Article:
The State Farm Holiday Classic began its four-day, 128-game blitz Tuesday, testing the resolve of the most crazed basketball fan. By the time it ends Friday night, we will have witnessed blowouts, frantic finishes and everything in between.
Traditionally, the highs overshadow the lows, but getting there can be a grind. Billed as "The Best Basketball This Side of March," there is a moment " normally on the final day " when you wonder if the tournament will end by March.
Or April, or ¦
Yet, just as the eyes reach a full blur, and the games become a jumbled mess, there is a heart-warming renewal, reminding us why we once played, why so many still do.
The past three years, the championship games at Shirk Center have been enhanced by basketball at its purest, courtesy of athletes who take none of it for granted " the uniforms, teammates, coaches, officials and, most of all, the large crowd.
Halftimes of three title games feature area Special Olympic teams playing eight-minute exhibitions, each filled with energy, enthusiasm and inspiration.
It is routine to see a basket rewarded with a smile and a high-five ¦ from an opponent. Players dance up the court in celebration of a 2-0 lead, delighting 2,500-plus fans suddenly in no hurry for a bag of popcorn, or a trip to the restroom.
They love the spirit, joy and camaraderie before them.
Ron Knisley loved it, too, arguably more than anyone.
He loved it enough to make his living as Director of Sports and Competition for Normal-based Special Olympics Illinois.
Knisley loved it so much, he convinced his fellow Classic Tournament, Inc., Committee members to add Special Olympians to the event, sought out the participating teams each year, and scheduled when each would get to experience "center court."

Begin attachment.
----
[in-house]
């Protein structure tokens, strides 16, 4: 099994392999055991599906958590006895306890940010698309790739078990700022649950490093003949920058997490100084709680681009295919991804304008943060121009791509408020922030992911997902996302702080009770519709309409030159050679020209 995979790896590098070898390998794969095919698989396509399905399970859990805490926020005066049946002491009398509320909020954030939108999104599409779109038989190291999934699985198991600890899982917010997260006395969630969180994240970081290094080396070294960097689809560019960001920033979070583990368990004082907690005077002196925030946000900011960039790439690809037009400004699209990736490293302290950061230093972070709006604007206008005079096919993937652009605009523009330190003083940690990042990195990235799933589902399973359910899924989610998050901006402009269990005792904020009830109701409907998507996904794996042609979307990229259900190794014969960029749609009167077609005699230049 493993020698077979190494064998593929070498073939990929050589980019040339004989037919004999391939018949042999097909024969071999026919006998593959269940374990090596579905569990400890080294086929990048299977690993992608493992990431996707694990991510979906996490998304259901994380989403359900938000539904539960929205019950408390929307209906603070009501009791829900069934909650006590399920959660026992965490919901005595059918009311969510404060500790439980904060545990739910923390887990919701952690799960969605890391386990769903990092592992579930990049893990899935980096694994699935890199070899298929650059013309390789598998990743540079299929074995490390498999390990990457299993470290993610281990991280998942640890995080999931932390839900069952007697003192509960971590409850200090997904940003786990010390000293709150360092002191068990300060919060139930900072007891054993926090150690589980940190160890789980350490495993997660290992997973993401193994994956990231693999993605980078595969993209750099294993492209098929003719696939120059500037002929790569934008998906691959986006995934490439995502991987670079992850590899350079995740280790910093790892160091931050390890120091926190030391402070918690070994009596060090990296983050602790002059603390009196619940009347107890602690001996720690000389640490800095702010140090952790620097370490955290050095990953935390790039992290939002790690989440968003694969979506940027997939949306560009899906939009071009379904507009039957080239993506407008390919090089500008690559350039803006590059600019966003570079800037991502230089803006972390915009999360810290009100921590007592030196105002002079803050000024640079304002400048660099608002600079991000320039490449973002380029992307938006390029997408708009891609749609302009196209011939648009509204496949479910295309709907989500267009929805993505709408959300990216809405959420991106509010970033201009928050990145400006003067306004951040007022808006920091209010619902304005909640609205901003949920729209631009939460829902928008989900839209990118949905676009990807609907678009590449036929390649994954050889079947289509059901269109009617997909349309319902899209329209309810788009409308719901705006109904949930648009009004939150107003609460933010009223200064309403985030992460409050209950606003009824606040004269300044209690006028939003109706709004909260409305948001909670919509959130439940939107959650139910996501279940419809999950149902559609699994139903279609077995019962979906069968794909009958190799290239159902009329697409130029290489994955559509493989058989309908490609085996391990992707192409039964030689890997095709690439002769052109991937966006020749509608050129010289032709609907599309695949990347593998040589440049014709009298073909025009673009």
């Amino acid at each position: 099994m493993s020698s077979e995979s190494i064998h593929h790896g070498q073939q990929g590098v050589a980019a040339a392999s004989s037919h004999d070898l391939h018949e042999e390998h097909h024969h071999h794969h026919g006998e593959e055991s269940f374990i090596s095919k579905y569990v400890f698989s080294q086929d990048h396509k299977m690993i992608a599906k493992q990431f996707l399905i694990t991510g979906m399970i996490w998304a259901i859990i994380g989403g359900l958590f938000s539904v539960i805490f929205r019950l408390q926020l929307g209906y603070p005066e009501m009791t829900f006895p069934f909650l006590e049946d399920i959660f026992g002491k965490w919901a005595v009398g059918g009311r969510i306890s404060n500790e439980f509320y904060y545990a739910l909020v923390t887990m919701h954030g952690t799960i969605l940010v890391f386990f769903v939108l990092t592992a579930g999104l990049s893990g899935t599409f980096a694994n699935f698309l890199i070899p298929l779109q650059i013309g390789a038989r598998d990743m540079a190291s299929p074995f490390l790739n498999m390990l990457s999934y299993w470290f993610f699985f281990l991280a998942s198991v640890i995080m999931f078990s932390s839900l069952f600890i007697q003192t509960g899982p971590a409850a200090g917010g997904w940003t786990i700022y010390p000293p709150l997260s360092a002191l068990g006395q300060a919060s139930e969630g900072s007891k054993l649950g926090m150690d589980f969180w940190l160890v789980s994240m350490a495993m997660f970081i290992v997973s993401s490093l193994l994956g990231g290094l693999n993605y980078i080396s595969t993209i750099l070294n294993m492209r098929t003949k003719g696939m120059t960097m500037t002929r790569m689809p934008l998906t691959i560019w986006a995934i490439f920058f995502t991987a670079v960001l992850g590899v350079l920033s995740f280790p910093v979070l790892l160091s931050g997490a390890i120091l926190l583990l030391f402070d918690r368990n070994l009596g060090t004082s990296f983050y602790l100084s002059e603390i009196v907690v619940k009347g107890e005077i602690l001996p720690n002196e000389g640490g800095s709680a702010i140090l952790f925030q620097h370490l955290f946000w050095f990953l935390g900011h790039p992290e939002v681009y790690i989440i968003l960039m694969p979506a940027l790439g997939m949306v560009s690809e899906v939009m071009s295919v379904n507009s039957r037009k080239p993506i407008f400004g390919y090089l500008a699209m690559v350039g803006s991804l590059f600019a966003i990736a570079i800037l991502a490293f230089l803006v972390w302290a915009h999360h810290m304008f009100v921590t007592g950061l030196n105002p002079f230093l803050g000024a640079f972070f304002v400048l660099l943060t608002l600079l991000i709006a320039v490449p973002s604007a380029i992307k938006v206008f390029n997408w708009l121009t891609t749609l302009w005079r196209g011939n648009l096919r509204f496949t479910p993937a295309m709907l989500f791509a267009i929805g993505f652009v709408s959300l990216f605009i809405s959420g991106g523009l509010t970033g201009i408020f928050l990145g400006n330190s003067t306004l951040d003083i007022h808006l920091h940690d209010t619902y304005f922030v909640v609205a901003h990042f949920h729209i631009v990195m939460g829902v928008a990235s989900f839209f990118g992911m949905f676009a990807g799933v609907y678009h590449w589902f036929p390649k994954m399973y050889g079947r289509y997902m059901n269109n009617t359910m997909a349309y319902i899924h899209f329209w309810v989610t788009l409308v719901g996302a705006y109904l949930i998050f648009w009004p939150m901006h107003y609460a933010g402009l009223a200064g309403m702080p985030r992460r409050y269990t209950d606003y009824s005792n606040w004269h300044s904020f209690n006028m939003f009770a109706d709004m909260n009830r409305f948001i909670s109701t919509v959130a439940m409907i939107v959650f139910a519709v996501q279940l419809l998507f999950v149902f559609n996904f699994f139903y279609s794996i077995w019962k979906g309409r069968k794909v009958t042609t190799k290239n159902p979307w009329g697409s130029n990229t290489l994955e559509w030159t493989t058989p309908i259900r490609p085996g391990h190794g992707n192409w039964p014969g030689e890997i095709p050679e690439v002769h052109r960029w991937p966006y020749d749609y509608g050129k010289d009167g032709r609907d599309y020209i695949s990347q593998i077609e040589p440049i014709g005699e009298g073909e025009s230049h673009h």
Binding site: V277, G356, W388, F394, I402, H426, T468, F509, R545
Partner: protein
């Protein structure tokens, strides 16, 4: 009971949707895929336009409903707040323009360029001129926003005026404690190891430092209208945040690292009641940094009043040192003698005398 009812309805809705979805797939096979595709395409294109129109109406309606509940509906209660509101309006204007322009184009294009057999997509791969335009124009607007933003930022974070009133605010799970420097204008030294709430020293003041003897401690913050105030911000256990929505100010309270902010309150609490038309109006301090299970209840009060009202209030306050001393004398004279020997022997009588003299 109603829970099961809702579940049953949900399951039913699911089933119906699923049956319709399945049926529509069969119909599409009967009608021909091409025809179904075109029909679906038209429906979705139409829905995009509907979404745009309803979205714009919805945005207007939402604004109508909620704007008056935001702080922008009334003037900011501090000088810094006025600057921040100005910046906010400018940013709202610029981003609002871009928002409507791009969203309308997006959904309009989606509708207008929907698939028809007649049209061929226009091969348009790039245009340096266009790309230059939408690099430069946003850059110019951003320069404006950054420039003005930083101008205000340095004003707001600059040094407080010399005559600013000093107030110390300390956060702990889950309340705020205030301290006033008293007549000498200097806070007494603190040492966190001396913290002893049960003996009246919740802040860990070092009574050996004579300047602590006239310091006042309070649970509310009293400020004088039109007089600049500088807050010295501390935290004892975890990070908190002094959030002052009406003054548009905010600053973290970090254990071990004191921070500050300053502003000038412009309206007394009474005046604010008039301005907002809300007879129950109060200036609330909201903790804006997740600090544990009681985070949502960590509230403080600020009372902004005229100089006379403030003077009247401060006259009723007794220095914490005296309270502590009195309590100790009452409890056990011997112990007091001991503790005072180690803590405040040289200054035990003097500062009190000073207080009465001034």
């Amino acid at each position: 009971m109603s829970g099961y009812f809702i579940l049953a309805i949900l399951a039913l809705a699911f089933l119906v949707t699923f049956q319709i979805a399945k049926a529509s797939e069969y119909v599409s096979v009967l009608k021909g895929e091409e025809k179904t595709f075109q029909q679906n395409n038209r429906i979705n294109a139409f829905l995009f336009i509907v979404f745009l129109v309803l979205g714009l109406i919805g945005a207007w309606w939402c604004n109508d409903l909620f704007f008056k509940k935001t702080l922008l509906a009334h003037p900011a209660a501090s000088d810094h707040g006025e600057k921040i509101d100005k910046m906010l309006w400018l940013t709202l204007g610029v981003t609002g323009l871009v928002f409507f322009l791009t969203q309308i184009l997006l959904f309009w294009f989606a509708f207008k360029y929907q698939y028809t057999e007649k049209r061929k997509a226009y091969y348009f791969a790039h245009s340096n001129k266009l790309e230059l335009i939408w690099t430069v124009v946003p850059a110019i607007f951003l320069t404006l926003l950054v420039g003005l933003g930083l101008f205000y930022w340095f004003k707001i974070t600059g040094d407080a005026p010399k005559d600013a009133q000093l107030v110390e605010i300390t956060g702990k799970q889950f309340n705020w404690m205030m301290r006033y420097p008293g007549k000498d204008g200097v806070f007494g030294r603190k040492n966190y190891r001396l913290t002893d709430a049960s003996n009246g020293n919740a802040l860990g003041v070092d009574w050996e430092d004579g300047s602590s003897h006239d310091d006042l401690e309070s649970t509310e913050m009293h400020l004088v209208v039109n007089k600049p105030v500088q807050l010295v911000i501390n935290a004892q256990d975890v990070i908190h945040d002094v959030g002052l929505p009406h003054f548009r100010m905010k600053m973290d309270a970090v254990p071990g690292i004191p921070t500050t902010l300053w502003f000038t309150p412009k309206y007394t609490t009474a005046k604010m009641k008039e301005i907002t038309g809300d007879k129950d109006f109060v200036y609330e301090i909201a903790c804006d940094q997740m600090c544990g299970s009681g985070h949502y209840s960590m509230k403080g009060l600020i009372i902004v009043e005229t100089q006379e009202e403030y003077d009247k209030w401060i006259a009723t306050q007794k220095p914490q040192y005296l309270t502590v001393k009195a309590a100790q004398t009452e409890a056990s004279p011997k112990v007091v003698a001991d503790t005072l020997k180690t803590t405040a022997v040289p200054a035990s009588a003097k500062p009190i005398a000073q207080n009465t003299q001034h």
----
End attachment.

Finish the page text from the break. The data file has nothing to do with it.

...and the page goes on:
The logistics are being handled by someone else this year, but the games will go on. Consider it a well-deserved victory for Knisley, who died of cancer on Oct. 13 at age 52.
Six area teams will continue to participate each year in what has been renamed the Ron Knisley Memorial Special Olympics Shootout.
"(The Special Olympics exhibitions) always bring a tear to my eye. I'm sure this year will be even more emotional," said Dan Highland, president of Classic Tournament, Inc. "To know Ron's not there will be difficult. He was a close friend and he was such an advocate for Special Olympians and their games."
Members of Knisley's family and some of his former co-workers will be in attendance.
Tracy Hilliard, Special Olympics Illinois vice president of Sports Training & Competition, said renaming the event "would be very humbling" to Knisley, calling it "a testament to how well-respected Ron was within the Bloomington-Normal sports arena and to his dedication to Special Olympics."
His impact is a reminder not all heroes make the final shot, or catch the winning touchdown pass. Some provide opportunities for others and step away from the spotlight, smiling on the inside.
Classic Tournament, Inc., vice president Dave Oloffson expects to feel Knisley's presence Friday when Special Olympians play during halftime of the girls Class A (4:30 p.m. tipoff), boys Class A (6 p.m.) and girls Class AA (7:30 p.m.) championship games.
"He's going to be up there watching and smiling, and he'll know we're doing this because of him," Oloffson said. "People stay (in their seats) because they know it is coming and they want to watch it. That's the best feeling.
"A lot of us never had a chance to play on a court in front of so many people. These kids are getting that chance."
Knisley made sure of it, creating a legacy to be enjoyed by players, fans, tournament officials ¦ even drained and jaded sportswriters.
Randy Kindred is a Pantagraph columnist. To leave him a voice mail, call 820-3402, By e-mail: rkindredyayaypantagraph .